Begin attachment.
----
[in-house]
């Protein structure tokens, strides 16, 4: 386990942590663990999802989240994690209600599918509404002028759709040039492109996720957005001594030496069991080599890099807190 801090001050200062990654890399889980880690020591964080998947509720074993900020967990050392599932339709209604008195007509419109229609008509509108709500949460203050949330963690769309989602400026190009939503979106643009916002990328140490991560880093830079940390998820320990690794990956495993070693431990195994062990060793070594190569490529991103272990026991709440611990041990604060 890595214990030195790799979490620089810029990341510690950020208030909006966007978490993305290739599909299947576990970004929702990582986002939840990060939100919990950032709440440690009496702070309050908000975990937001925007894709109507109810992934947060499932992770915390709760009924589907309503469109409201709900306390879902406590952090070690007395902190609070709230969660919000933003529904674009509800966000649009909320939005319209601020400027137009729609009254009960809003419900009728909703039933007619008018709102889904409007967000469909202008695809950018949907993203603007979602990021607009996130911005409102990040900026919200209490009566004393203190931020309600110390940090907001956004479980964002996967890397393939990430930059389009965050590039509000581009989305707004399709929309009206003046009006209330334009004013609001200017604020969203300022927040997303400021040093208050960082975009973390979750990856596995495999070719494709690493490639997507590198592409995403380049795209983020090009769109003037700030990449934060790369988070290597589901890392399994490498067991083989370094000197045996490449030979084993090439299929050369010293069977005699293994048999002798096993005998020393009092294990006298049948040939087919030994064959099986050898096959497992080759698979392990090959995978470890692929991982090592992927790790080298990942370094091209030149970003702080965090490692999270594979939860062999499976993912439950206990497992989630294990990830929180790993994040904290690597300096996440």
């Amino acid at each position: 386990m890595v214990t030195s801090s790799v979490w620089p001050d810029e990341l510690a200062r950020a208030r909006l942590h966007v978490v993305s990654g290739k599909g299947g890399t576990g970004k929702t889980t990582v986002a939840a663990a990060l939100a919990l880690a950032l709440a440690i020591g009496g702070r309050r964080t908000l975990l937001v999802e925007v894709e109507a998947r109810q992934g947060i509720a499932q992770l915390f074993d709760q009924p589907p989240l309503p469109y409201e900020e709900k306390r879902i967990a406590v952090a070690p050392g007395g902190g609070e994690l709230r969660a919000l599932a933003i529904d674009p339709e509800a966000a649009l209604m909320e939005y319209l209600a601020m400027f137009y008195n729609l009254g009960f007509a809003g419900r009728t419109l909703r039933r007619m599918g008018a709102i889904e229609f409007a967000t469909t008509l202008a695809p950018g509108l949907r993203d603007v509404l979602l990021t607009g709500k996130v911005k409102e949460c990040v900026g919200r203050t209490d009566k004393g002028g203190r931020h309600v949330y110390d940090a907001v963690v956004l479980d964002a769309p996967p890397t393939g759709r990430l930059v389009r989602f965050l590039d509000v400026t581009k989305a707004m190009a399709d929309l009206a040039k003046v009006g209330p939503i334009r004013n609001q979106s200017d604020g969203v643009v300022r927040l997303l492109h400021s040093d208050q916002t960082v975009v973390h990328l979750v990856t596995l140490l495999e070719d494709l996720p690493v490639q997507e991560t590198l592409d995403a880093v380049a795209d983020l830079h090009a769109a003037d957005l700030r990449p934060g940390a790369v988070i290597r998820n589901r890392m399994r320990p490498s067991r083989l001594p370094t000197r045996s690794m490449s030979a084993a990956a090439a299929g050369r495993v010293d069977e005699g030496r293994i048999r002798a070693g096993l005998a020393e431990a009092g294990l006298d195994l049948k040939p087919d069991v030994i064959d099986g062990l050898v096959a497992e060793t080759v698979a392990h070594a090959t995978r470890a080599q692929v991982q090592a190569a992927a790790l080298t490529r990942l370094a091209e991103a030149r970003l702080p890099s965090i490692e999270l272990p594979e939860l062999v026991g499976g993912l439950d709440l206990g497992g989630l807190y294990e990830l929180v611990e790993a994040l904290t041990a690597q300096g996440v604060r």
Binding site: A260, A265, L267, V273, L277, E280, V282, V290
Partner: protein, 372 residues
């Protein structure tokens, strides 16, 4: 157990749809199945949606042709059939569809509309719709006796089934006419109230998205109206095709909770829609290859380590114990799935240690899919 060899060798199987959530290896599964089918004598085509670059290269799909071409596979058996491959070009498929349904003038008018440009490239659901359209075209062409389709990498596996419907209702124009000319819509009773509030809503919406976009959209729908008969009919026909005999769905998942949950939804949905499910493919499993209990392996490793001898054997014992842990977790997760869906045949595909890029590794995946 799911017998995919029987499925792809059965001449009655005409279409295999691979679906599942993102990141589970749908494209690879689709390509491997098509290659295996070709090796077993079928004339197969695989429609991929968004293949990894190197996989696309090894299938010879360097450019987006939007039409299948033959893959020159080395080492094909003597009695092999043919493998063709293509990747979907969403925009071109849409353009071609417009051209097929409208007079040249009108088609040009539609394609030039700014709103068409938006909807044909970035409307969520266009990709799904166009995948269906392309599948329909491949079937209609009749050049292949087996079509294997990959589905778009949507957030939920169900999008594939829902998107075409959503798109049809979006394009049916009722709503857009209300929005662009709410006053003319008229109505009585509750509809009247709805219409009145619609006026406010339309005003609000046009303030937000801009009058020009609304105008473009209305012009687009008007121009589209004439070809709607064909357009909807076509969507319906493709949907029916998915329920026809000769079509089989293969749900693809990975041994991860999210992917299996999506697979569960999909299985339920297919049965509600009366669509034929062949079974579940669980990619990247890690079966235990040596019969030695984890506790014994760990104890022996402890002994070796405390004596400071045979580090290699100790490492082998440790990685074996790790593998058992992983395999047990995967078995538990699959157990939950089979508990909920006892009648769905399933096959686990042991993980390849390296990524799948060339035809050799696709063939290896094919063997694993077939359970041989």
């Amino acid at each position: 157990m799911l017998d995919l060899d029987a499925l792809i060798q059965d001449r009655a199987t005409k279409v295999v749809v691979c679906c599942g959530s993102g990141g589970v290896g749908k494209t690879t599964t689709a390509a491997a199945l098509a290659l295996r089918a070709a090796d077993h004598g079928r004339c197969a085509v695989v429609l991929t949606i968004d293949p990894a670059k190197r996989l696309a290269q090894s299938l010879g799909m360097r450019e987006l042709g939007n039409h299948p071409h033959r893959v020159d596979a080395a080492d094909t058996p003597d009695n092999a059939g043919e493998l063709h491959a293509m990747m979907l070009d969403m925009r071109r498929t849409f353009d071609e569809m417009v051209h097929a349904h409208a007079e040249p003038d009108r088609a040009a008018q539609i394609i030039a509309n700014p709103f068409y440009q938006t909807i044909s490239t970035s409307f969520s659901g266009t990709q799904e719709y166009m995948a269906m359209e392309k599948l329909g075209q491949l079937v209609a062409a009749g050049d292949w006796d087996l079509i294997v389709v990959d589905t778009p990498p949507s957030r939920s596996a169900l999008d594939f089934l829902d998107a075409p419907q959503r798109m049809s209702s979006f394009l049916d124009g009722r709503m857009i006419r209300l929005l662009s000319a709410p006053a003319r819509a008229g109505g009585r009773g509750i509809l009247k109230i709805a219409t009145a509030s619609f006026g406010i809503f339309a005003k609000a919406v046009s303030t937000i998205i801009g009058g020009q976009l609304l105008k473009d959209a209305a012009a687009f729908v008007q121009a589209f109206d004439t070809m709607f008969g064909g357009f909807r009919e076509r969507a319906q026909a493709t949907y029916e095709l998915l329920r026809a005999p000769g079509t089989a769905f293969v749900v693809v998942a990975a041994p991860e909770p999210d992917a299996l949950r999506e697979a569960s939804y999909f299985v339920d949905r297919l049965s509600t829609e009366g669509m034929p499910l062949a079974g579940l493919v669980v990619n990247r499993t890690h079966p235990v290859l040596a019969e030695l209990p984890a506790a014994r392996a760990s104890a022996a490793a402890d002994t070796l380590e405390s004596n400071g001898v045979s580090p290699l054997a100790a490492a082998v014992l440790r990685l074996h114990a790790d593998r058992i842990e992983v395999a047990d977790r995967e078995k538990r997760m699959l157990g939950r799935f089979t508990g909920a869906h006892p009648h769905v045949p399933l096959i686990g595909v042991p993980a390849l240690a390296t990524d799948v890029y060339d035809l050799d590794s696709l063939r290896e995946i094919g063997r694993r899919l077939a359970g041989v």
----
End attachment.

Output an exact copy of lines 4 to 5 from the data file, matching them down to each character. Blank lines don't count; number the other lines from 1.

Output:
Binding site: A260, A265, L267, V273, L277, E280, V282, V290
Partner: protein, 372 residues